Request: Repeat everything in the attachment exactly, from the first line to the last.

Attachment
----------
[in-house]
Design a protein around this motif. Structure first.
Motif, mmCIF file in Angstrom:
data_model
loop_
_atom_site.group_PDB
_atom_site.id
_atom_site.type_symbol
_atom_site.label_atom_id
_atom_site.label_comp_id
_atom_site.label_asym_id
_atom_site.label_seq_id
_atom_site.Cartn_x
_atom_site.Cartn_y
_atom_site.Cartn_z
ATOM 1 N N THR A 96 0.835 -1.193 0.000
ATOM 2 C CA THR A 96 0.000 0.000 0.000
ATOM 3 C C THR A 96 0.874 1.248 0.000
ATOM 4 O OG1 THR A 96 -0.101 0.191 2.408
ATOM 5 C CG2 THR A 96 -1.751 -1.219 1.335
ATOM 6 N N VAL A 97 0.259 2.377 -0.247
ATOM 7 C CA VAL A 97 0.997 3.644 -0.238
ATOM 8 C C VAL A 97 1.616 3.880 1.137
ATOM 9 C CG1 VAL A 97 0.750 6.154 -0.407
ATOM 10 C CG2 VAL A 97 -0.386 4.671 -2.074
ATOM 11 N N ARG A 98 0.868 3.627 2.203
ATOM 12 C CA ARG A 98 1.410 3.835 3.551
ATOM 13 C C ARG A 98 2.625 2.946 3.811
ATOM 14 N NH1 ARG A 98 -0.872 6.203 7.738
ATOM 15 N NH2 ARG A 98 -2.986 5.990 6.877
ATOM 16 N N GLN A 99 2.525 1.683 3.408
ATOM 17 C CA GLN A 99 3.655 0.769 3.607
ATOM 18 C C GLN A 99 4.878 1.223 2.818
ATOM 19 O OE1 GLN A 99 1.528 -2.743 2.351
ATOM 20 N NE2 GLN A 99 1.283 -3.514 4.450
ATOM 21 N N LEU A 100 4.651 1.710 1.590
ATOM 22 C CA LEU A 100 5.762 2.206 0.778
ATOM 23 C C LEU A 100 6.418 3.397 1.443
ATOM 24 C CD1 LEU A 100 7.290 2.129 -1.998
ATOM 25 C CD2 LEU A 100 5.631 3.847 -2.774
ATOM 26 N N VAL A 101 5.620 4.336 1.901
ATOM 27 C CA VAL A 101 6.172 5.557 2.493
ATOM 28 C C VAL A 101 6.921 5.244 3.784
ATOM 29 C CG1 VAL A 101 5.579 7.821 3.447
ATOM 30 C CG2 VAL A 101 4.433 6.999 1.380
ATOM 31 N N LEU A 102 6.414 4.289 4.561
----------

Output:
[in-house]
Design a protein around this motif. Structure first.
Motif, mmCIF file in Angstrom:
data_model
loop_
_atom_site.group_PDB
_atom_site.id
_atom_site.type_symbol
_atom_site.label_atom_id
_atom_site.label_comp_id
_atom_site.label_asym_id
_atom_site.label_seq_id
_atom_site.Cartn_x
_atom_site.Cartn_y
_atom_site.Cartn_z
ATOM 1 N N THR A 96 0.835 -1.193 0.000
ATOM 2 C CA THR A 96 0.000 0.000 0.000
ATOM 3 C C THR A 96 0.874 1.248 0.000
ATOM 4 O OG1 THR A 96 -0.101 0.191 2.408
ATOM 5 C CG2 THR A 96 -1.751 -1.219 1.335
ATOM 6 N N VAL A 97 0.259 2.377 -0.247
ATOM 7 C CA VAL A 97 0.997 3.644 -0.238
ATOM 8 C C VAL A 97 1.616 3.880 1.137
ATOM 9 C CG1 VAL A 97 0.750 6.154 -0.407
ATOM 10 C CG2 VAL A 97 -0.386 4.671 -2.074
ATOM 11 N N ARG A 98 0.868 3.627 2.203
ATOM 12 C CA ARG A 98 1.410 3.835 3.551
ATOM 13 C C ARG A 98 2.625 2.946 3.811
ATOM 14 N NH1 ARG A 98 -0.872 6.203 7.738
ATOM 15 N NH2 ARG A 98 -2.986 5.990 6.877
ATOM 16 N N GLN A 99 2.525 1.683 3.408
ATOM 17 C CA GLN A 99 3.655 0.769 3.607
ATOM 18 C C GLN A 99 4.878 1.223 2.818
ATOM 19 O OE1 GLN A 99 1.528 -2.743 2.351
ATOM 20 N NE2 GLN A 99 1.283 -3.514 4.450
ATOM 21 N N LEU A 100 4.651 1.710 1.590
ATOM 22 C CA LEU A 100 5.762 2.206 0.778
ATOM 23 C C LEU A 100 6.418 3.397 1.443
ATOM 24 C CD1 LEU A 100 7.290 2.129 -1.998
ATOM 25 C CD2 LEU A 100 5.631 3.847 -2.774
ATOM 26 N N VAL A 101 5.620 4.336 1.901
ATOM 27 C CA VAL A 101 6.172 5.557 2.493
ATOM 28 C C VAL A 101 6.921 5.244 3.784
ATOM 29 C CG1 VAL A 101 5.579 7.821 3.447
ATOM 30 C CG2 VAL A 101 4.433 6.999 1.380
ATOM 31 N N LEU A 102 6.414 4.289 4.561